reissues to accommodate changes in name, rank, or status and to replace lost or stolen cards. As of the same date,
approximately 3.5 million unterminated or active CACs are in circulation. DoD has deployed an issuance infrastructure
at over 1000 sites in more than 25 countries around the world and is rolling out more than 1 million card readers
and associated middleware.
Currently, it can be used for access into DoD computers and networks equipped with an ExpressCard or USB based
smartcard reader. The only approved Windows middleware for CAC is ActivClient - available only to authorized DoD personnel.
Other non-Windows alternatives include LPS-Public - a non-hard drive based solution. Also, most intranet web sites require
a user to log-in using a CAC to perform certain functions that require stronger credential authentication than a
traditional HTTP Basic access authentication.
The program that is currently used to issue CAC IDs is called the Real-Time Automated Personnel Identification System
(RAPIDS). The system is secure and monitored by the DoD at all times. Users have to go through a special course and be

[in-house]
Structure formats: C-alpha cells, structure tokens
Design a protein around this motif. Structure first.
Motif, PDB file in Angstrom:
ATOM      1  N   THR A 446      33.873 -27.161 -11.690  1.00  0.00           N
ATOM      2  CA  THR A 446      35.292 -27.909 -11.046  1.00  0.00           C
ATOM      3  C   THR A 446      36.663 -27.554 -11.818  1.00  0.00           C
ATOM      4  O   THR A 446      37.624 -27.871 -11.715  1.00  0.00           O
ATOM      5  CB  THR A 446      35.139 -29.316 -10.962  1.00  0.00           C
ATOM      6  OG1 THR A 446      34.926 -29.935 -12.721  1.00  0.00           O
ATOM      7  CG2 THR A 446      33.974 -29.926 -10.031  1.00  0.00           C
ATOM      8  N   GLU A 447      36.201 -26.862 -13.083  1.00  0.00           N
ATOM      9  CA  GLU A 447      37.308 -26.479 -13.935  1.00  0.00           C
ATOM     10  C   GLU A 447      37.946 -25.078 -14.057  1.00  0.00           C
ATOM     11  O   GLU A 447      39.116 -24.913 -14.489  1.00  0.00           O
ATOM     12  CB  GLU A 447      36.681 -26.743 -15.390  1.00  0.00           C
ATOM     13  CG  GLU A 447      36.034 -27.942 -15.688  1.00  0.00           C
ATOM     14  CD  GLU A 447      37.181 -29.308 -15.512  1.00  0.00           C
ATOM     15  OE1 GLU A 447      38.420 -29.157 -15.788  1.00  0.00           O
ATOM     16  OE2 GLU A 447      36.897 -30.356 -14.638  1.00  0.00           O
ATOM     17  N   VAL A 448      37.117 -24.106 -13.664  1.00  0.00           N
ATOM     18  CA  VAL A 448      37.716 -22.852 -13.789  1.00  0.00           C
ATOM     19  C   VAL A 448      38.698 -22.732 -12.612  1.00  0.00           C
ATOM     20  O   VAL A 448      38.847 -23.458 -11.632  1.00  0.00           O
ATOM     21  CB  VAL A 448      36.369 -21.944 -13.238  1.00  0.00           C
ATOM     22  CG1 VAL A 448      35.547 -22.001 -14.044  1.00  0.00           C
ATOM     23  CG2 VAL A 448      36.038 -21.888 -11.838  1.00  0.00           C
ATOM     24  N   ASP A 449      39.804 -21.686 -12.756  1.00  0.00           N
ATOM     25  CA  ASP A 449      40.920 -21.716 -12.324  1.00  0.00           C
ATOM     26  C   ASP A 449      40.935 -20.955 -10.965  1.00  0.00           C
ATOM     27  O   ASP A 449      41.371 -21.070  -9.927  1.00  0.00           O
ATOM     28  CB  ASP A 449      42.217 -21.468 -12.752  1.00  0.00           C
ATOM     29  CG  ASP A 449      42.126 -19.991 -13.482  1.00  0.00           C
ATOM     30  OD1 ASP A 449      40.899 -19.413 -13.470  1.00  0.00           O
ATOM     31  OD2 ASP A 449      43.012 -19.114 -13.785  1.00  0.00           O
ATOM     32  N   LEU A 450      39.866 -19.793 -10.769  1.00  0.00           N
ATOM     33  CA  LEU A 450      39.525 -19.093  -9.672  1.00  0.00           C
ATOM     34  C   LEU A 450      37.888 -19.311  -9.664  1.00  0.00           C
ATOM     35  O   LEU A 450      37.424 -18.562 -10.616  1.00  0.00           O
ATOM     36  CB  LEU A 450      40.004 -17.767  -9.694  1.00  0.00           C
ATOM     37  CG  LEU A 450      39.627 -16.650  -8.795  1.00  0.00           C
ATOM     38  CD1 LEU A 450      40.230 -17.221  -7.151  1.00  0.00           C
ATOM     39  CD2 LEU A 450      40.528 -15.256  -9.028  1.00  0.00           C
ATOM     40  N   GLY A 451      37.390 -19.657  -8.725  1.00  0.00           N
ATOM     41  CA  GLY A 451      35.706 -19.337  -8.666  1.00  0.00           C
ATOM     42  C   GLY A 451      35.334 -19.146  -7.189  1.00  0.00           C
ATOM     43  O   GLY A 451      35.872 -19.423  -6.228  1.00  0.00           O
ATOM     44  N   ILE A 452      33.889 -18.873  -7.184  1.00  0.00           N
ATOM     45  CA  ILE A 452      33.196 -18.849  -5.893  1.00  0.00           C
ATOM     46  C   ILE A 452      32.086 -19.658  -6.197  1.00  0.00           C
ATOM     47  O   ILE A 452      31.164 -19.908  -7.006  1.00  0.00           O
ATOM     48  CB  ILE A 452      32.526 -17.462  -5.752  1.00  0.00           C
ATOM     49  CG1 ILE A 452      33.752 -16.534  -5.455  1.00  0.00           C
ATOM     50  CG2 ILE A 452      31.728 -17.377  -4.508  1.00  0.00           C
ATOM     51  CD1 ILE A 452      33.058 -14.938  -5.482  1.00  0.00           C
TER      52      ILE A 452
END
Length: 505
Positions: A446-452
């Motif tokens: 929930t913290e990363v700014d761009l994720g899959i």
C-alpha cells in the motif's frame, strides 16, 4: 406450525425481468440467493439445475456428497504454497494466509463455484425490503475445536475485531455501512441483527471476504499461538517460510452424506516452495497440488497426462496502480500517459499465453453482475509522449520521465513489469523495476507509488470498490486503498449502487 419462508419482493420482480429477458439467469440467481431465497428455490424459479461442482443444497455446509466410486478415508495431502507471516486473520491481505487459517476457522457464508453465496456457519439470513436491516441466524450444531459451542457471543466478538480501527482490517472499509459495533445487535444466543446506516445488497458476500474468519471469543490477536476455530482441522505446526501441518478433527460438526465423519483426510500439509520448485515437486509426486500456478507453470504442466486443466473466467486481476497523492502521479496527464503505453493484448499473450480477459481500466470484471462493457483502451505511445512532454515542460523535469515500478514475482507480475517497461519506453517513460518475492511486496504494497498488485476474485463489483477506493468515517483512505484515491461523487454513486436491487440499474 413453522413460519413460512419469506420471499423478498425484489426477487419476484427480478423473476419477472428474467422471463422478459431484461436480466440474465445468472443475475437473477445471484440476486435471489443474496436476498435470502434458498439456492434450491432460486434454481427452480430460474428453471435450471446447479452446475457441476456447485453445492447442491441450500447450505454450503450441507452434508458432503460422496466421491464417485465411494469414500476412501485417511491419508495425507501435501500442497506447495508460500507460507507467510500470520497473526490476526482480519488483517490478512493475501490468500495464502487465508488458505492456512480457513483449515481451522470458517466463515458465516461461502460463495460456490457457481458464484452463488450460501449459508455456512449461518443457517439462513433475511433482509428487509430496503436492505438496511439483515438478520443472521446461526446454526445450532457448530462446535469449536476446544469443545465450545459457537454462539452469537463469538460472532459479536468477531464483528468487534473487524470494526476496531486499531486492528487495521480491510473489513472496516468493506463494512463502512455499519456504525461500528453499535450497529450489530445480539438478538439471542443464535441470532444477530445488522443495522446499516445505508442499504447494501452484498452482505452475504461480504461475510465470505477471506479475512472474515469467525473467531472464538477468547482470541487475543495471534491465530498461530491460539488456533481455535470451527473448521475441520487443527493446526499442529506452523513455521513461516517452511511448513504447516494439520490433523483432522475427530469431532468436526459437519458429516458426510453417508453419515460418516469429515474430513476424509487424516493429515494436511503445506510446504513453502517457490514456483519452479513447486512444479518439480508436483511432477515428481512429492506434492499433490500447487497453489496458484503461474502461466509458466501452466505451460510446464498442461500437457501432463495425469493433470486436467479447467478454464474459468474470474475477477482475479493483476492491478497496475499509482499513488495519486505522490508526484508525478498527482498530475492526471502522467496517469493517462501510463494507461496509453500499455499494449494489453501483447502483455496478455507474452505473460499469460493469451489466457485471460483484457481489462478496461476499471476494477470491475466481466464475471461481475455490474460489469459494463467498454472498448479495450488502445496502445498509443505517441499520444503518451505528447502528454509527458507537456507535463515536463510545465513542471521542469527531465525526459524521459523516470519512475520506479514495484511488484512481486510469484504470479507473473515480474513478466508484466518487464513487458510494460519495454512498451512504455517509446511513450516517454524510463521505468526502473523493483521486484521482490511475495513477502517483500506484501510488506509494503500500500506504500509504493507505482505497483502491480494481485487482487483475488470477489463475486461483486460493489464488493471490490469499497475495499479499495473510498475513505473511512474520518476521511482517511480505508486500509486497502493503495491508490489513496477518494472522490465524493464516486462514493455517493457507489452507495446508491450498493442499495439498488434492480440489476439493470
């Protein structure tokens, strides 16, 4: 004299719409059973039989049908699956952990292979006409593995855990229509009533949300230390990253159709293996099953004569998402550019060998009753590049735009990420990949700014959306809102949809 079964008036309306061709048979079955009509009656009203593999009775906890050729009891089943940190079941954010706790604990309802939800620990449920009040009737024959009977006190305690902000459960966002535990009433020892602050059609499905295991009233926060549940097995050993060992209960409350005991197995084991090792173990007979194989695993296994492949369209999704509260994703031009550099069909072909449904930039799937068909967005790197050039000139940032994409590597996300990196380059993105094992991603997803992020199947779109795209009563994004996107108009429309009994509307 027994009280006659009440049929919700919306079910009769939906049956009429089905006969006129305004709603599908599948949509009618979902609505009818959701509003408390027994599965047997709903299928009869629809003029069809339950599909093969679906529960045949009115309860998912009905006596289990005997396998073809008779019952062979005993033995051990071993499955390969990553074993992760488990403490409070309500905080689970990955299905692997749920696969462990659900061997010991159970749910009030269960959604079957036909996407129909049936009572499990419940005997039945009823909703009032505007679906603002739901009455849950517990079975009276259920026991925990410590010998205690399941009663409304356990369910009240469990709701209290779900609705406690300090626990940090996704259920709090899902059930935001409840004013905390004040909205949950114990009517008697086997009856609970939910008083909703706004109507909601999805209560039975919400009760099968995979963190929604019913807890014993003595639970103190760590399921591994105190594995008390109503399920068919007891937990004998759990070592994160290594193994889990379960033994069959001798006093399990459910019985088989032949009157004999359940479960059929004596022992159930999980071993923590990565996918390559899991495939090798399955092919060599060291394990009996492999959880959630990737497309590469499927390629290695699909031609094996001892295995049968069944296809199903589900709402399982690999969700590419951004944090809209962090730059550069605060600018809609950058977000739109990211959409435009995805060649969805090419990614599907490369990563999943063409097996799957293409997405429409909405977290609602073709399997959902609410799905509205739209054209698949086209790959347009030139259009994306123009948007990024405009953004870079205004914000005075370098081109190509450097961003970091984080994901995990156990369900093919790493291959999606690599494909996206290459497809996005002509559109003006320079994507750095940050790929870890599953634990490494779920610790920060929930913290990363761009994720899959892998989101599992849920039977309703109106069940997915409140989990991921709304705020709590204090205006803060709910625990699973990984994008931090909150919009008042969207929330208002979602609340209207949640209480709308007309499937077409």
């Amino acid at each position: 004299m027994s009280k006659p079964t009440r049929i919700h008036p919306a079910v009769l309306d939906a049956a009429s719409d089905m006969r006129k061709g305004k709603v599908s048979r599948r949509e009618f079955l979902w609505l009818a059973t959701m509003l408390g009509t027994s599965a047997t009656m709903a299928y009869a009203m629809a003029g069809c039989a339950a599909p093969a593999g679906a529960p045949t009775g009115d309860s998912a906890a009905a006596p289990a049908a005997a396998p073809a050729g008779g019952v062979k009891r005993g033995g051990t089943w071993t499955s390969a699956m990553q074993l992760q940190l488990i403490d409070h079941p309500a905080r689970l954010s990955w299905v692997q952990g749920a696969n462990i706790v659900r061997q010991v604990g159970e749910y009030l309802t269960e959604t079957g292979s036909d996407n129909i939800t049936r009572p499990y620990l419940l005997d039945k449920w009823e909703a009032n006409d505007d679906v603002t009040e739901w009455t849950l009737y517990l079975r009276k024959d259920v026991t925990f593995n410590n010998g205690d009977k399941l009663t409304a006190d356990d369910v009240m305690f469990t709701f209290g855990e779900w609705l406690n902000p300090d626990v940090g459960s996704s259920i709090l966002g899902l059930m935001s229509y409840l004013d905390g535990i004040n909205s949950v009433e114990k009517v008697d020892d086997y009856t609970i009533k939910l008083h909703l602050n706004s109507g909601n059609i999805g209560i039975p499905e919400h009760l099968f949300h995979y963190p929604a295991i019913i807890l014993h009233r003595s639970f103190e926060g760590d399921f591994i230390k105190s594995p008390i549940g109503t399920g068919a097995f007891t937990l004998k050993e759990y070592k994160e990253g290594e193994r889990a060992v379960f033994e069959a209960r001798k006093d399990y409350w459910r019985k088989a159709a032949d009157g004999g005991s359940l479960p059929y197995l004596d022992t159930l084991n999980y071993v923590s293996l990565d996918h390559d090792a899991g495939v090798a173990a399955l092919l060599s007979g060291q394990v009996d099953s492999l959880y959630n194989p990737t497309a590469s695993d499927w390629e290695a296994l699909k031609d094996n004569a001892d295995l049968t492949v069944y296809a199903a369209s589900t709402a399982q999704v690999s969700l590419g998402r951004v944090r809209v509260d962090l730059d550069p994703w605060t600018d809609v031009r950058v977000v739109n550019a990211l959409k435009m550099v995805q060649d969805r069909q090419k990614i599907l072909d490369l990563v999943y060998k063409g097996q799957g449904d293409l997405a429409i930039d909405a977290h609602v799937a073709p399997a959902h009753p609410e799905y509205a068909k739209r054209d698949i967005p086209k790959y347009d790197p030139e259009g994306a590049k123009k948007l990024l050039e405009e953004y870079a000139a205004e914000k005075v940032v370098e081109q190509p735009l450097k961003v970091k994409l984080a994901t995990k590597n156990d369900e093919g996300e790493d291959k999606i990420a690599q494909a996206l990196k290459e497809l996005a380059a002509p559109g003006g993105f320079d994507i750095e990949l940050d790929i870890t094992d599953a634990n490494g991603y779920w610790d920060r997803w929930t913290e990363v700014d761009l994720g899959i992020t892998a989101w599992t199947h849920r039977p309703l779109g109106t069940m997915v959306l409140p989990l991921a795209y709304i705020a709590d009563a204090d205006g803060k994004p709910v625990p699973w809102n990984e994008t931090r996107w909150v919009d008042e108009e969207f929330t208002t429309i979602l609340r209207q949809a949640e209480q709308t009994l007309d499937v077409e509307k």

certified to issue CACs. Different RAPIDS sites have been set up throughout military installations in and out of combat
theater to issue new cards.
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FIPS 201 (Federal Information Processing Standard Publication 201) is a United States federal
government standard that specifies Personal Identity Verification (PIV) requirements for Federal employees and
In response to HSPD-12, the NIST Computer Security Division initiated a new program for improving the identification
and authentication of Federal employees and contractors for access to Federal facilities and information systems.
FIPS 201 was developed to satisfy the technical requirements of HSPD-12, approved by the Secretary of Commerce,
and issued on February 25, 2005.
FIPS 201 together with NIST SP 800-78 (Cryptographic Algorithms and Key Sizes for PIV) are required for U.S.
Federal Agencies, but do not apply to US National Security systems.